Last day of school

PHOTO PROMPT © Gah Learner

Mishka pulled the curtain aside, hoping to see a window. Her heart sank when she saw it was boarded up shut with wooden planks. Her breath came in sobs, heart thudding faster in her chest. Was her mother looking for her? Thoughts of her mother brought fresh tears.

A woman entered the room. She wasn’t in the car when those men pulled her into it on her way to school. Hope rose like a red balloon in her chest.

“Please ma’am. I want to go to my mommy.”

She eyed her up and down. And shut the door.

98 words

Not one of my favourite stories, but only because of the topic. This was extremely difficult to write. Usually I have no issues connecting with my dark side to conjure up all sorts of evil and crime. But to try to empathise with a child, kidnapped from her safe world, not knowing what will happen to her, or if she’ll see her family, friends and school again, was heart-breaking for me.

Child trafficking is on the rise. At ridiculous levels. I find it intolerable that elected governments are so quick to initiate changes to taxes, fuel prices, land appropriation or other laws that line their pockets. But horrendously slow to put a stop to crime. Rather it feels as if they create a safe haven for such syndicates to operate in. I can bet anything, that due to the rapid increase in child trafficking, it points to politicians or other high-level officials lining their pockets from this modern day slavery.

In South Africa, children cannot walk to school without running a high risk of being kidnapped and disappearing into thin air. They’re taking children from outside the school gates. Last week, they smashed the rear window of a car, to try to steal a baby from his car seat. This is the level of desperation and enticingly lucrative nature of child trafficking. Luckily, the mother managed to drive away and they failed to unbuckle him in time.

The culprits should be given a life sentence or the death penalty. A child kidnapped and sold into slavery has had her life taken from her.

Written for Friday Fictioneers hosted by Rochelle Wisoff-Fields. Write a story in 100 words or less. Click the blue frog icon to read more flash fiction.

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Night of the Star

PHOTO PROMPT © Ted Strutz

 

Some things never change.

Nadia looked up at the full moon, brilliantly white. The same full moon lit up the dark roads all those years ago as she held Mama’s hand fearfully. Sobbing for her murdered Papa. Led to that unknown place beyond the mountains she knew so well. She still hated that word refugee. But over the years it became part of her like the moles on her skin.

“Ready Nadia!” her new captain slapped her shoulder. Cheers erupted from the stadium crowd as the team ran on to the pitch. Refugee to star striker.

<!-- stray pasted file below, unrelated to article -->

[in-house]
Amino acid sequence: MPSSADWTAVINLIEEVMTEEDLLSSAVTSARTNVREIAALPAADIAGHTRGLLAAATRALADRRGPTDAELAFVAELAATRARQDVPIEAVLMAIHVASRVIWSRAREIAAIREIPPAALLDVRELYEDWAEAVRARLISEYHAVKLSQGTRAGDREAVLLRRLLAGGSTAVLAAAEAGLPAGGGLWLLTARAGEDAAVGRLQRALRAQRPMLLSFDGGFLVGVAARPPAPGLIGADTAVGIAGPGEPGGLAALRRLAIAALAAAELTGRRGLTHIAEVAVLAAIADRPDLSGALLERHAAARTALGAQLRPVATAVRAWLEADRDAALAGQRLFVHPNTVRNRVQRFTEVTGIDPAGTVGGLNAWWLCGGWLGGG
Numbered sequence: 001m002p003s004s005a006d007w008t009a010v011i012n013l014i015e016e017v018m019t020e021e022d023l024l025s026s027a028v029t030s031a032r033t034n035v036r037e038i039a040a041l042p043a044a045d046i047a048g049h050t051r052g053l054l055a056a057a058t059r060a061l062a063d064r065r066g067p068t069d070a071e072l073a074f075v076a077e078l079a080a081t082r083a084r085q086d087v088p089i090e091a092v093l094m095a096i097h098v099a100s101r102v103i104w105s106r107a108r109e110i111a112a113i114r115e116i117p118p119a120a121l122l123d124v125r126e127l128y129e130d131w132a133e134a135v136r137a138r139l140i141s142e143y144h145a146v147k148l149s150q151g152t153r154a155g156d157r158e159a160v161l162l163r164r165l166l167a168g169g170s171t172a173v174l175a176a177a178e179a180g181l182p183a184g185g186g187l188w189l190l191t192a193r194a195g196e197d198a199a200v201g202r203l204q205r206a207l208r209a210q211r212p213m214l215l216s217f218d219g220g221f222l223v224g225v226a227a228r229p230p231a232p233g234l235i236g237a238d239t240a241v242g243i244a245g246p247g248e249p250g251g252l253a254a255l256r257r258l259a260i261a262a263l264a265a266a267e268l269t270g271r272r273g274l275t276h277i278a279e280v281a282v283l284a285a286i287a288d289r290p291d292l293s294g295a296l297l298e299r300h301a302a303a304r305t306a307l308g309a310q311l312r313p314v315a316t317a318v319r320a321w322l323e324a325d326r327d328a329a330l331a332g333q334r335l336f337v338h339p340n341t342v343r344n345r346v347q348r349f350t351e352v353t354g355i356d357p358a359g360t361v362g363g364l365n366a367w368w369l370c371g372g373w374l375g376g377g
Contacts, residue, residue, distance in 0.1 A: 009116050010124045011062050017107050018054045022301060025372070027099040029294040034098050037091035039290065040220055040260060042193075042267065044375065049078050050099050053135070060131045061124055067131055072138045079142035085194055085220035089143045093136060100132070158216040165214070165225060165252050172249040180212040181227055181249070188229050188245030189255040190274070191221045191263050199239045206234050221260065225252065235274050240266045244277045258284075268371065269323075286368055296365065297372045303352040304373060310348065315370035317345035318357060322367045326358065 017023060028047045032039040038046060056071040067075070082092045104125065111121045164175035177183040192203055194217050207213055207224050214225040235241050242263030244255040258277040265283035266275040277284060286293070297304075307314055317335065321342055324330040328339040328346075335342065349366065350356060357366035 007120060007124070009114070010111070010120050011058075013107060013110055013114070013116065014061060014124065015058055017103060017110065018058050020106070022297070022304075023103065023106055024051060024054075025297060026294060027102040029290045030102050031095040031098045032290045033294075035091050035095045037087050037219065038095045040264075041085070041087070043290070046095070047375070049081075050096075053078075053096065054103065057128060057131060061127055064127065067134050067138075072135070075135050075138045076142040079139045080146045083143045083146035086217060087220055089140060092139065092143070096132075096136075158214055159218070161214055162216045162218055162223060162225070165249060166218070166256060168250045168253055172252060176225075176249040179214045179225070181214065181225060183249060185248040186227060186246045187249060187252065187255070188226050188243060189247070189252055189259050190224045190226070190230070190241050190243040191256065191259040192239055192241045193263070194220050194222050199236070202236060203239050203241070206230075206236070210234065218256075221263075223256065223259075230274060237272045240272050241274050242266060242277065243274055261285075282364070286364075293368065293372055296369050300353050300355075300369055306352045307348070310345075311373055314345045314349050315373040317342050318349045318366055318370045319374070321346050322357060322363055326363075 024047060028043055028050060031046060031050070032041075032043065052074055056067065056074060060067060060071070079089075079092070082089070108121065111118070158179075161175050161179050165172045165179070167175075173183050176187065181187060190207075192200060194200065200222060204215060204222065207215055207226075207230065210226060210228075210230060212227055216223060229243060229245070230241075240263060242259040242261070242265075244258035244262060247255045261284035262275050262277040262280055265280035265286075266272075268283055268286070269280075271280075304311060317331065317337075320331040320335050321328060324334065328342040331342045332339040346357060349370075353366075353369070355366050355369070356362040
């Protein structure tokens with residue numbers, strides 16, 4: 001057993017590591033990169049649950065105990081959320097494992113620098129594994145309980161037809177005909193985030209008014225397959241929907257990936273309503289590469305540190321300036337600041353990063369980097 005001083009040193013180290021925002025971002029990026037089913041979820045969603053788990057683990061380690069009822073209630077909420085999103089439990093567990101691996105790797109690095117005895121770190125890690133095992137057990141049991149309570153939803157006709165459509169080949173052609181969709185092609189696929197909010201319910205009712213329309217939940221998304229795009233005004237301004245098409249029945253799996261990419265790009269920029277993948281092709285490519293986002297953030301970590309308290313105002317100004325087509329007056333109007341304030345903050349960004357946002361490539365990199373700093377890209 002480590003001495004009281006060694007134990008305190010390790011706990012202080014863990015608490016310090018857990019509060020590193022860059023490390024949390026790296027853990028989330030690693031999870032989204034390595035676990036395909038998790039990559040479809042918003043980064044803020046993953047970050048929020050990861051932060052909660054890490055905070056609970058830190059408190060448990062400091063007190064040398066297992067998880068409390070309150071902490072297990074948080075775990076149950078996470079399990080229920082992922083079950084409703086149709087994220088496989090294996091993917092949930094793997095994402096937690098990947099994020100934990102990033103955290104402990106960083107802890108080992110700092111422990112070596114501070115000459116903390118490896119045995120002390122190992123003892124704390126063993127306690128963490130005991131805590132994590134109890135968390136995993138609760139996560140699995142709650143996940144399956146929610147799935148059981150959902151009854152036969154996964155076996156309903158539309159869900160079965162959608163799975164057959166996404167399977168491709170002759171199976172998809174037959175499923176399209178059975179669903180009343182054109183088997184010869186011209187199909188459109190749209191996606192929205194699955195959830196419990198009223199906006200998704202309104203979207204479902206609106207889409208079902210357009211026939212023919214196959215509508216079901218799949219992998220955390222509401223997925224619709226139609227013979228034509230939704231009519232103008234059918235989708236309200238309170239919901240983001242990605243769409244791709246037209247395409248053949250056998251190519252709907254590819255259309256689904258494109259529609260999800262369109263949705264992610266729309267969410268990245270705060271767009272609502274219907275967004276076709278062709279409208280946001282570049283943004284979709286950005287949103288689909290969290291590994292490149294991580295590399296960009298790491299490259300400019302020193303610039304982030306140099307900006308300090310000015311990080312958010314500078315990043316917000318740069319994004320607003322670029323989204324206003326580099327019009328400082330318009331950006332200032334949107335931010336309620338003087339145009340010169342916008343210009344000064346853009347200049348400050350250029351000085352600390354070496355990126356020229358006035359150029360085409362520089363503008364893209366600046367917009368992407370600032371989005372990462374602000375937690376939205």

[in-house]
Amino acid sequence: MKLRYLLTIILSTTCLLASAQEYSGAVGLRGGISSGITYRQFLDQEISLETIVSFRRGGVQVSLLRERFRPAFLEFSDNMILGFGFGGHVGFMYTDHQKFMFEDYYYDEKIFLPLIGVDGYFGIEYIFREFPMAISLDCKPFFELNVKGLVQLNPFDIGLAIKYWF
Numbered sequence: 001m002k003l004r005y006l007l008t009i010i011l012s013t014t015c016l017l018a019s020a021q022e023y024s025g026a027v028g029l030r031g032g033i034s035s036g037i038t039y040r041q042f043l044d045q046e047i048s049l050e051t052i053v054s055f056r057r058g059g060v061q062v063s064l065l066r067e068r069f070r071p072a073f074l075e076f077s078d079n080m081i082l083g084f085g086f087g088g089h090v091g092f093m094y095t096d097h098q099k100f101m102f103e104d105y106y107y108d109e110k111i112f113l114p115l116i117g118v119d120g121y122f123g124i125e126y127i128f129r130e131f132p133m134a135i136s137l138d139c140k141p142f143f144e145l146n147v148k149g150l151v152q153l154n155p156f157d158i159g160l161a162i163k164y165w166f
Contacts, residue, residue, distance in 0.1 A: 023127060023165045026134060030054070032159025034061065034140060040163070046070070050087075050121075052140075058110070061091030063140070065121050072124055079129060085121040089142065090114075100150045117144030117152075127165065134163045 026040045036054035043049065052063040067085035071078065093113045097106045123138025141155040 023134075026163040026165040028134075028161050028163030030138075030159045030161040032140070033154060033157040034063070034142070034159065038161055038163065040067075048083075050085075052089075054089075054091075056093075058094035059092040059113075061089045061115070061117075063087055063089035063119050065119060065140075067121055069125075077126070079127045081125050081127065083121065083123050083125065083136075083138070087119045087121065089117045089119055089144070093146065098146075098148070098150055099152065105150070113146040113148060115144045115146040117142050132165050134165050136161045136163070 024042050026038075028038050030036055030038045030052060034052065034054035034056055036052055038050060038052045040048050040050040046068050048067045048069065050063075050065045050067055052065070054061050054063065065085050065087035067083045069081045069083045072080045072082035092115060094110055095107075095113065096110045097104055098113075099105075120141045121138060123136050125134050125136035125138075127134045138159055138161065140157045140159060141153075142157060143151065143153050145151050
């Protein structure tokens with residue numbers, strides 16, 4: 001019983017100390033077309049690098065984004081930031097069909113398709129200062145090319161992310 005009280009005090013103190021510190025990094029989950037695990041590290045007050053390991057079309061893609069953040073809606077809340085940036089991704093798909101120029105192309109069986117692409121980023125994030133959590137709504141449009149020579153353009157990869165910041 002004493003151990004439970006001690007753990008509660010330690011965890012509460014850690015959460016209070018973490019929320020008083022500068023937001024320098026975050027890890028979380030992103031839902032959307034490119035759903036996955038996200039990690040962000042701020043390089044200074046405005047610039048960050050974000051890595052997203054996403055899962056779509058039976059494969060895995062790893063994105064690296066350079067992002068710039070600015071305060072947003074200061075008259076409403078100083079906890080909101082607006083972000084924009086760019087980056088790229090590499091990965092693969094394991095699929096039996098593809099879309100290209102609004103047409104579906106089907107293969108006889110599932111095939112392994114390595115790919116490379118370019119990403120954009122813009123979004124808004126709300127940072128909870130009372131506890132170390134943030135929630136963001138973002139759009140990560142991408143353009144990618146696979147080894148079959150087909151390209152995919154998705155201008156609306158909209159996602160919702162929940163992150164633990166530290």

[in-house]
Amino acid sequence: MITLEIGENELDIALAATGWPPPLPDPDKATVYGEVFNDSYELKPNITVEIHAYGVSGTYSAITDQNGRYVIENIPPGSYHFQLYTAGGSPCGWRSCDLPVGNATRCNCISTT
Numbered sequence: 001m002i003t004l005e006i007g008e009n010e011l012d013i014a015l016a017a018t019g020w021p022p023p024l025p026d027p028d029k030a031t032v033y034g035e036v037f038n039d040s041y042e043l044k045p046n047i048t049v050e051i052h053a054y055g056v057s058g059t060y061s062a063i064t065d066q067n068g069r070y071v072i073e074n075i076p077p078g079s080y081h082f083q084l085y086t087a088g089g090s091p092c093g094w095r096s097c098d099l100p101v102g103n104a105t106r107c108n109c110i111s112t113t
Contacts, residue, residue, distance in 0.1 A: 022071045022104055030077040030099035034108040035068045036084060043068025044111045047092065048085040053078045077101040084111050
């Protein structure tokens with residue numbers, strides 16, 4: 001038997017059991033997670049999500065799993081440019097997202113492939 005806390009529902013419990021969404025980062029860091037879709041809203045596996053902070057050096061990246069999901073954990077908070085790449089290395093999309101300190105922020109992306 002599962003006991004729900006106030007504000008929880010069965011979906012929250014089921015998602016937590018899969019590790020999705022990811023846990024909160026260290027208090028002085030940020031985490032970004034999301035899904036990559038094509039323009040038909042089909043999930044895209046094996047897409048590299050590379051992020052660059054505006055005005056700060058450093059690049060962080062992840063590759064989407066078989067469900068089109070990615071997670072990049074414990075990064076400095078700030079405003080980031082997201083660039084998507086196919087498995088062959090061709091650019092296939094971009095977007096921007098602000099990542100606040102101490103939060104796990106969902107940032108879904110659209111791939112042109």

So much has changed.

 

100 words

This one is so close to my heart. I had a previous life of entrepreneurship (don’t ask), and my passion was Muslim women in sports. So I started a sportswear brand aimed at developing and encouraging Muslim women in sports. Many women are not active enough for various reasons.

Today I saw this video of Nadia Nadim who has signed on with Man City Women, and I feel like a proud mother hen. Despite the business not working out, this is what it was all for. To develop top level sportswomen. Her story is incredible. Boy did she break barriers. Her father was executed in Afghanistan by the Taliban. Her family fled to what they thought was London, but unknowingly ended up in Denmark. It was the mistake that led to her career as a footballer.

She has achieved a lot in her life already and still plans for much more: watch the video!

 

 

Written for Friday Fictioneers hosted by Rochelle. The challenge is to write an entire story in 100 words or less. Click here to read more flash fiction.

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The rich man by the sea

PHOTO PROMPT © Dale Rogerson

 

Moonlight glinted off crystal glasses. Patrons dined al fresco on fish caught from the sea that lapped close by. He inhaled, salty but fresh. So different than the village he grew up in. Some men huddled at the bar, sneaked glances at him, sneers and frowns. Words sailed on moonlight. “Darkie”. “Probably stole to get rich.” “They’re all crooks.”

He guessed even his accented English would be an affront. To them, a sign of lower intelligence. Apartheid ended years ago, but the prejudiced were enslaved by their egos and twisted logic. A much harder trap to flee.

97 words

 

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In general South Africa is a caring, connected community that at times even overcomes its prejudices to shine brightly amongst humanity. This is merely an illustration of the more subtle prejudices and stereotypes that people may have against one another, seemingly harmless, but simmering under the surface.

 

Written for the 100 word challenge Friday Fictioneers hosted by the awesome Rochelle, who writes mainly from the persecutive of the Jewish experience of the holocaust (and so much more). I’d strongly recommend heading over to her blog to read some very interesting posts.

Click on the frog or click here to view more flash fiction.

 

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